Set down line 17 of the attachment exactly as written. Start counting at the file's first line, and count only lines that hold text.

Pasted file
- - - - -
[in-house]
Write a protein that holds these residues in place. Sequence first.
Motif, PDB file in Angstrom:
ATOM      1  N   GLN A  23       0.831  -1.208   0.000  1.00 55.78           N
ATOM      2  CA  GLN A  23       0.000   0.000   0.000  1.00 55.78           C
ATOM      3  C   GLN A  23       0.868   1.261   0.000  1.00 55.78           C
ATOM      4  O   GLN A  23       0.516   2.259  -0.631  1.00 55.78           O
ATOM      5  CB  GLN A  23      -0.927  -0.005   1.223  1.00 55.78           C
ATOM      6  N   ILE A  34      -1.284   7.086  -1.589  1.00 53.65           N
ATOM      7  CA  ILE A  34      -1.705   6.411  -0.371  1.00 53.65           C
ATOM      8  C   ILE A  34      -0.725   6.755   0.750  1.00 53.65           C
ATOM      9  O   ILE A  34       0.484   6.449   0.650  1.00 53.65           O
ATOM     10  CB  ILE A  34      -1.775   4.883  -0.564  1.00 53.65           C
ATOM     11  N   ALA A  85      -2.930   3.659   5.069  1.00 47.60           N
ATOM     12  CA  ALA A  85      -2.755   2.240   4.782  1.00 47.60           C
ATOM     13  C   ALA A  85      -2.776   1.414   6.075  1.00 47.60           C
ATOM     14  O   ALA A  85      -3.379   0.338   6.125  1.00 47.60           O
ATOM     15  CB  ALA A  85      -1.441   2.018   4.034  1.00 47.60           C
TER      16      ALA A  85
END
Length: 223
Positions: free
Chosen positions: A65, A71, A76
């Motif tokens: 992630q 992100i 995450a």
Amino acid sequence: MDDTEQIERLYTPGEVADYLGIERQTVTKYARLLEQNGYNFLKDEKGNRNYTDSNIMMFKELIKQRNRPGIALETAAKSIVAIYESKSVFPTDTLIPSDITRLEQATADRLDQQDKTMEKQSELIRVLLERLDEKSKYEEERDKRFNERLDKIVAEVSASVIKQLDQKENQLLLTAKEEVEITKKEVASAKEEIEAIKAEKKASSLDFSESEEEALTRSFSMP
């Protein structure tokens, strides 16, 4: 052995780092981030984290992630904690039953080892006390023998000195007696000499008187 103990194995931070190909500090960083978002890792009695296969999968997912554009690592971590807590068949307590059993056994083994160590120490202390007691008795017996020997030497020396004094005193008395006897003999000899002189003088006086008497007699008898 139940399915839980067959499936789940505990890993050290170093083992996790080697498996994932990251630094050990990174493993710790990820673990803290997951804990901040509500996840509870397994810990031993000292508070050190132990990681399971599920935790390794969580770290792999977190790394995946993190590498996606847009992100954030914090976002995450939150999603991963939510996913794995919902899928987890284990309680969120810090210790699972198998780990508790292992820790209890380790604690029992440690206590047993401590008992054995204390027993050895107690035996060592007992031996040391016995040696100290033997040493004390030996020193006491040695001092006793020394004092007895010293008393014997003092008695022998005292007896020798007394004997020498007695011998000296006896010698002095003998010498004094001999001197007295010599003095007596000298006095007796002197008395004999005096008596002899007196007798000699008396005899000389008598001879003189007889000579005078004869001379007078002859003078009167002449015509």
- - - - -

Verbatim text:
ATOM     14  O   ALA A  85      -3.379   0.338   6.125  1.00 47.60           O